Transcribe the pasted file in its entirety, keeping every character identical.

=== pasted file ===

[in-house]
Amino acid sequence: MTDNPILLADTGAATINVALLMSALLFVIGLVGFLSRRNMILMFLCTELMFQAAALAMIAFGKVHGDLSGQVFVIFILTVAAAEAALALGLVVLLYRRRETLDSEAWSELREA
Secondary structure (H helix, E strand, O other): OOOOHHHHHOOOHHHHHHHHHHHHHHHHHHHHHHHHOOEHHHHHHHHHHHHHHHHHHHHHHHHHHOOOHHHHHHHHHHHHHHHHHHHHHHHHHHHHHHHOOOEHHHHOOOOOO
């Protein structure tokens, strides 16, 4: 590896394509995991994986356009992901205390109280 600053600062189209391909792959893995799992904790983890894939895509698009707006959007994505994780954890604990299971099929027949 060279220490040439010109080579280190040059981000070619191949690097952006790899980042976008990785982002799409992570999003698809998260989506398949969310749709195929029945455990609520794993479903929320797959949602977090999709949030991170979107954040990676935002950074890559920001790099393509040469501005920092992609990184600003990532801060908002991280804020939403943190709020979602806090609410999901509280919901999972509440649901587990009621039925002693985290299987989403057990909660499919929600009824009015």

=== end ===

[in-house]
Amino acid sequence: MTDNPILLADTGAATINVALLMSALLFVIGLVGFLSRRNMILMFLCTELMFQAAALAMIAFGKVHGDLSGQVFVIFILTVAAAEAALALGLVVLLYRRRETLDSEAWSELREA
Secondary structure (H helix, E strand, O other): OOOOHHHHHOOOHHHHHHHHHHHHHHHHHHHHHHHHOOEHHHHHHHHHHHHHHHHHHHHHHHHHHOOOHHHHHHHHHHHHHHHHHHHHHHHHHHHHHHHOOOEHHHHOOOOOO
């Protein structure tokens, strides 16, 4: 590896394509995991994986356009992901205390109280 600053600062189209391909792959893995799992904790983890894939895509698009707006959007994505994780954890604990299971099929027949 060279220490040439010109080579280190040059981000070619191949690097952006790899980042976008990785982002799409992570999003698809998260989506398949969310749709195929029945455990609520794993479903929320797959949602977090999709949030991170979107954040990676935002950074890559920001790099393509040469501005920092992609990184600003990532801060908002991280804020939403943190709020979602806090609410999901509280919901999972509440649901587990009621039925002693985290299987989403057990909660499919929600009824009015």